These directives and those of the trial court made pursuant to this Decision shall be given to, and shall be directly enforceable against, whoever may be the incumbent Armed Forces of the Philippines Chief of Staff, Director General of the Philippine National Police and Chief of the Philippine National Police Criminal Investigation and Detection Group and other concerned units, under pain of contempt from this Court when the initiatives and efforts at disclosure and investigation constitute less than the EXTRAORDINARY DILIGENCE that the Amparo Rule and the circumstances of the case demand; and

4) DROPPING former President Gloria Macapagal-Arroyo as party-respondent in the petition for writ of amparo;

This case is hereby REMANDED to the Regional Trial Court of La Trinidad, Benguet, Branch 63 for continuation of proceedings in Special Proceeding No. 08-AMP-0001 for the purposes of monitoring compliance with the above directives and determining whether, in the light of any recent reports or recommendations, there would already be sufficient evidence to hold any of the public respondents responsible, or, at least, accountable. After making such determination, the trial court shall submit its own report and recommendation to this Court for final action. The trial court will continue to have jurisdiction over this case in order to accomplish its tasks under this decision;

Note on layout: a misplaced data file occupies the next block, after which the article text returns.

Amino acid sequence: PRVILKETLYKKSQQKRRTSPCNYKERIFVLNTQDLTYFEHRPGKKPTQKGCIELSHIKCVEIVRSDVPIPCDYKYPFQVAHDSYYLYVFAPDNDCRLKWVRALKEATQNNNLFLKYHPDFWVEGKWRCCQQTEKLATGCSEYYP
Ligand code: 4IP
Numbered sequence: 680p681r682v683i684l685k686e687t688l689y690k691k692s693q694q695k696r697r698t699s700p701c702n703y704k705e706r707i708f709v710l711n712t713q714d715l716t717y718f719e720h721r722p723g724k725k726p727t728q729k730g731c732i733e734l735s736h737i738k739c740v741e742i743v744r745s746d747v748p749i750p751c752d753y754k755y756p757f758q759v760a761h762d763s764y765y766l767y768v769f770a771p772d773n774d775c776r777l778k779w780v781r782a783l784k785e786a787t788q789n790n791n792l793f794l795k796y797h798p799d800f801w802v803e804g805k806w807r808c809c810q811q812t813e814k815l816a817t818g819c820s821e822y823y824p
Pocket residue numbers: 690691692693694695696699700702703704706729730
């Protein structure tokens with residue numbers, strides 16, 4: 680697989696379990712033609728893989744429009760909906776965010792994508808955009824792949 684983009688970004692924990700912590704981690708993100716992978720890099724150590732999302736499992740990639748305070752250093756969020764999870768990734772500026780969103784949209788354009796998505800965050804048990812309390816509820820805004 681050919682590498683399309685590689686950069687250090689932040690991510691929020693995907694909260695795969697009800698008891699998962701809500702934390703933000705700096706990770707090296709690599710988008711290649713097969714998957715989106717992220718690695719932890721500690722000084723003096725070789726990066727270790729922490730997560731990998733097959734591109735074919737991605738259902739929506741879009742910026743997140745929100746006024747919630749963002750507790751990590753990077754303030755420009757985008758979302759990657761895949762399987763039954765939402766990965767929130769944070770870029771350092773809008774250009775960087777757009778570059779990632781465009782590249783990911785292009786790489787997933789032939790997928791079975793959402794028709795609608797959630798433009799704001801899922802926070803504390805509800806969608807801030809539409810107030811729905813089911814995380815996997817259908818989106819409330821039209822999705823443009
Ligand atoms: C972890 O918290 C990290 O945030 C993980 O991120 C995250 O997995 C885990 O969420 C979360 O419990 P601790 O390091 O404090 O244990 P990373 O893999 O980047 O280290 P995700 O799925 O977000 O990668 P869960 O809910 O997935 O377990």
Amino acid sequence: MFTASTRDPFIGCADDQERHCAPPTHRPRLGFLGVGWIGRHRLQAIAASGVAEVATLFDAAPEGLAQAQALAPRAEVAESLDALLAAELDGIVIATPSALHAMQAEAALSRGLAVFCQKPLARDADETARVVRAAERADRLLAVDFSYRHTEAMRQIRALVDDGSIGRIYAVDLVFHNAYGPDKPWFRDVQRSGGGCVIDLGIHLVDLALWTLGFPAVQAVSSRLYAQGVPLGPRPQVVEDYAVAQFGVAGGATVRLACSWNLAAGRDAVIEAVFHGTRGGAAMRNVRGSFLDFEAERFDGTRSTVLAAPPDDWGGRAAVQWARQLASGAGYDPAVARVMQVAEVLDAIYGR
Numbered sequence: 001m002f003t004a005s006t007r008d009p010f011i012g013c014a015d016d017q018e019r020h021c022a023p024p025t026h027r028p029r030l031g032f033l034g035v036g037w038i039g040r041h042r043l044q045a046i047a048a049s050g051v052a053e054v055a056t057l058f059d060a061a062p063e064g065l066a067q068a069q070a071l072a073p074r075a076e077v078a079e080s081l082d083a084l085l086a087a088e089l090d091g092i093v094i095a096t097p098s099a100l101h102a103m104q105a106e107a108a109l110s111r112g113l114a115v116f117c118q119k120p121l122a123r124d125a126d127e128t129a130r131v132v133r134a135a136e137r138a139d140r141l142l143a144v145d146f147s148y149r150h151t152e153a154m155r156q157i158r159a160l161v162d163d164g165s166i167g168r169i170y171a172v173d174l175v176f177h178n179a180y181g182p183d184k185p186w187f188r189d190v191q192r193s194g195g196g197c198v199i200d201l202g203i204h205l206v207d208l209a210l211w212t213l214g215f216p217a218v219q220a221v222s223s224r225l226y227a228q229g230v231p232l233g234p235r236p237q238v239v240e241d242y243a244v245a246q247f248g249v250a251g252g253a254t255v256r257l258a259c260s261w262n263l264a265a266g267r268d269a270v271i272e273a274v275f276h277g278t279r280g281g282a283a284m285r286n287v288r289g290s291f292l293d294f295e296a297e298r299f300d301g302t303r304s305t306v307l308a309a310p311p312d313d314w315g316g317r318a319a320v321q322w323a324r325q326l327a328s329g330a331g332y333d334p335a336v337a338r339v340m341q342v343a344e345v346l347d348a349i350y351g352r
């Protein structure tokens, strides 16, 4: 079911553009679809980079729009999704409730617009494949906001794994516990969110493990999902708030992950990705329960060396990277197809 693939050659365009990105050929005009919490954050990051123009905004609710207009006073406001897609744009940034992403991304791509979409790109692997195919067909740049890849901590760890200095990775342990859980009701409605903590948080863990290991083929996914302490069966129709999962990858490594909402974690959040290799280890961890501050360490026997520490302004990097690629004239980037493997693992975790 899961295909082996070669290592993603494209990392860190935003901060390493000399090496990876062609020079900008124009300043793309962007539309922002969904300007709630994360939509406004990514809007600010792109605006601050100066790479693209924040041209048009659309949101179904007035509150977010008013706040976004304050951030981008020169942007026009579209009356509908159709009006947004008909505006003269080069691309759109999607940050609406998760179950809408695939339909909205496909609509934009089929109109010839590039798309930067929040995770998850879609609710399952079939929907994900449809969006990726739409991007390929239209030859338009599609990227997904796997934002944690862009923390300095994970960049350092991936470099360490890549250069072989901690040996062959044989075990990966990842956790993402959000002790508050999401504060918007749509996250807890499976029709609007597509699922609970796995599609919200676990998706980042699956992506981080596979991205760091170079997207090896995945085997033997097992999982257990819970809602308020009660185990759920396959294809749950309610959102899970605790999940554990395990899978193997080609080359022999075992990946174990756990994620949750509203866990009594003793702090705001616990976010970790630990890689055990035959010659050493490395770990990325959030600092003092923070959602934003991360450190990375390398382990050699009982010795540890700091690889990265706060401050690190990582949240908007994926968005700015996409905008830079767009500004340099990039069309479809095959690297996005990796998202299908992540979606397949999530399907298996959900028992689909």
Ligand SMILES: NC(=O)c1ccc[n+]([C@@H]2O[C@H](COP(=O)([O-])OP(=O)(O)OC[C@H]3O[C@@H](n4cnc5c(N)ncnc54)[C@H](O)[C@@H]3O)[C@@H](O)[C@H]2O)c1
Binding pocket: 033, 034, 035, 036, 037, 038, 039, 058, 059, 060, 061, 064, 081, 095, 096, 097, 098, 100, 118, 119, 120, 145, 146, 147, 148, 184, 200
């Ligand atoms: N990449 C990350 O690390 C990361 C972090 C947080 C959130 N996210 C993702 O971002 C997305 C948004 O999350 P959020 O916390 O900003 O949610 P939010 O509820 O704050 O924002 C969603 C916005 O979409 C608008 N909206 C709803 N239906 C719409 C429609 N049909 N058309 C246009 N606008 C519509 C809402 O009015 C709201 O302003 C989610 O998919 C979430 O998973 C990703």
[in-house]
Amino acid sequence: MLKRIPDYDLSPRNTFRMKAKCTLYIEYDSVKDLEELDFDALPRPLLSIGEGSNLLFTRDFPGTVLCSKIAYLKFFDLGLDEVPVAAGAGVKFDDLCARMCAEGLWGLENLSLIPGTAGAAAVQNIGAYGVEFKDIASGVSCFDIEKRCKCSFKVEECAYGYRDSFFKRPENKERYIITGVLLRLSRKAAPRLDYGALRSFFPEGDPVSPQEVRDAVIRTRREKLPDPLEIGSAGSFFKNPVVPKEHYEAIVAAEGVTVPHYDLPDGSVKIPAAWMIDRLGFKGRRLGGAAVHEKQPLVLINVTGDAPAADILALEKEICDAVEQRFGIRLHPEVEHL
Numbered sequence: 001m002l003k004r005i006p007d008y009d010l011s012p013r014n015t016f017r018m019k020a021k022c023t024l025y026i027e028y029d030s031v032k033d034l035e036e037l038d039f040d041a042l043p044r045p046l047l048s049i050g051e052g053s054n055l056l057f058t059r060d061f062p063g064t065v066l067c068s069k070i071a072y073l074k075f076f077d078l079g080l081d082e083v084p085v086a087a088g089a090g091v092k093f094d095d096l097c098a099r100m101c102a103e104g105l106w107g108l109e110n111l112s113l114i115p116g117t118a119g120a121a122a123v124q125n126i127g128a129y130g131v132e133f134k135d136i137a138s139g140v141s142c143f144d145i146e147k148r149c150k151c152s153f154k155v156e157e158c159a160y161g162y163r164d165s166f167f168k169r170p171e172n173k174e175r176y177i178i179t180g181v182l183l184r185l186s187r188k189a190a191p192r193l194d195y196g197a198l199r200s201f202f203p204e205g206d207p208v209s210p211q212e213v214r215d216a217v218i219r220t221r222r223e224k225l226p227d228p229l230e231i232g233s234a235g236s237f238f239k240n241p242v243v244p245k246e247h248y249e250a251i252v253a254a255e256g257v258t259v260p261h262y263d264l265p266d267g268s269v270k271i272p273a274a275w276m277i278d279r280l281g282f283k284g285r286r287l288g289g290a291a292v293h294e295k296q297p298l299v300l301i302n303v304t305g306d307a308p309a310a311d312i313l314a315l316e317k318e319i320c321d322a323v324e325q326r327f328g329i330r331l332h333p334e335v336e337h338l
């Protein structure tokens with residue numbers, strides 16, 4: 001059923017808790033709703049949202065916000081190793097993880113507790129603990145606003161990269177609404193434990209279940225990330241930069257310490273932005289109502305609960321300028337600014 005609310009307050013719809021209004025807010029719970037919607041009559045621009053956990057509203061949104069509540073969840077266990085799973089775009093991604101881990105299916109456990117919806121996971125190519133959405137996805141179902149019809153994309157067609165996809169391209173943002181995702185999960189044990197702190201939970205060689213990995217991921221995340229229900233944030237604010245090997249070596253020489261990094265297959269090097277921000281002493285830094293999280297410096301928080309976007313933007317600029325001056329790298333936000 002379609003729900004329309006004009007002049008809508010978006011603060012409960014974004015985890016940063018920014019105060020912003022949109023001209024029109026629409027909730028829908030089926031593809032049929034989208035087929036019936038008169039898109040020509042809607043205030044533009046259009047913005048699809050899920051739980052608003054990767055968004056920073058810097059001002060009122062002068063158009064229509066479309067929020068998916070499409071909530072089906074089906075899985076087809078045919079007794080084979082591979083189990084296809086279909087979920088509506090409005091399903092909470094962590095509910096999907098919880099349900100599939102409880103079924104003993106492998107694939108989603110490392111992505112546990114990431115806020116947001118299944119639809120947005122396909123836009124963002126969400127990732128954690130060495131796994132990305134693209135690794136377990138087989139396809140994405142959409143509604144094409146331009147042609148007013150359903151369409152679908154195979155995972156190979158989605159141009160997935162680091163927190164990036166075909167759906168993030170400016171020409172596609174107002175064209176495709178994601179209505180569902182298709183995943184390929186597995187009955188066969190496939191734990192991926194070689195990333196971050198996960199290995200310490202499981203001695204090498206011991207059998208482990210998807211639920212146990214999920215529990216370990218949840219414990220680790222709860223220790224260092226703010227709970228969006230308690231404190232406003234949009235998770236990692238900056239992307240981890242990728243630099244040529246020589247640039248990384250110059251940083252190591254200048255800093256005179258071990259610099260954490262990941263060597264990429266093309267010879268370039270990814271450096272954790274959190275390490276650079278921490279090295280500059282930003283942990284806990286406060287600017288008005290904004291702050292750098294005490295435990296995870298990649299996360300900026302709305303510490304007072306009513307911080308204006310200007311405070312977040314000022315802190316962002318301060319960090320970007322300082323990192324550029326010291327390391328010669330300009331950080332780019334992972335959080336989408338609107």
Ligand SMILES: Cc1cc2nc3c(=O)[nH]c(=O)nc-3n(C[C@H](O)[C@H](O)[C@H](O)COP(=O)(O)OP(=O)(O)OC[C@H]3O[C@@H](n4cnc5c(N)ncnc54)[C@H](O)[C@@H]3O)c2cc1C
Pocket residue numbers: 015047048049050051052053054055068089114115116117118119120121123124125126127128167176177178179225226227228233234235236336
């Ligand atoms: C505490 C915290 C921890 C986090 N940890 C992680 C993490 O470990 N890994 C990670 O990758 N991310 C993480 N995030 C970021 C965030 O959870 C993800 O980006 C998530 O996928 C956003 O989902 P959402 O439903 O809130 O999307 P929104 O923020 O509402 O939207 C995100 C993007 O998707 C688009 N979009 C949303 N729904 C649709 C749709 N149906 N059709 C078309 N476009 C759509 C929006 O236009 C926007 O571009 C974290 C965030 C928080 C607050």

Accordingly, the public respondents shall remain personally impleaded in this petition to answer for any responsibilities and/or accountabilities they may have incurred during their incumbencies.
No pronouncement as to costs.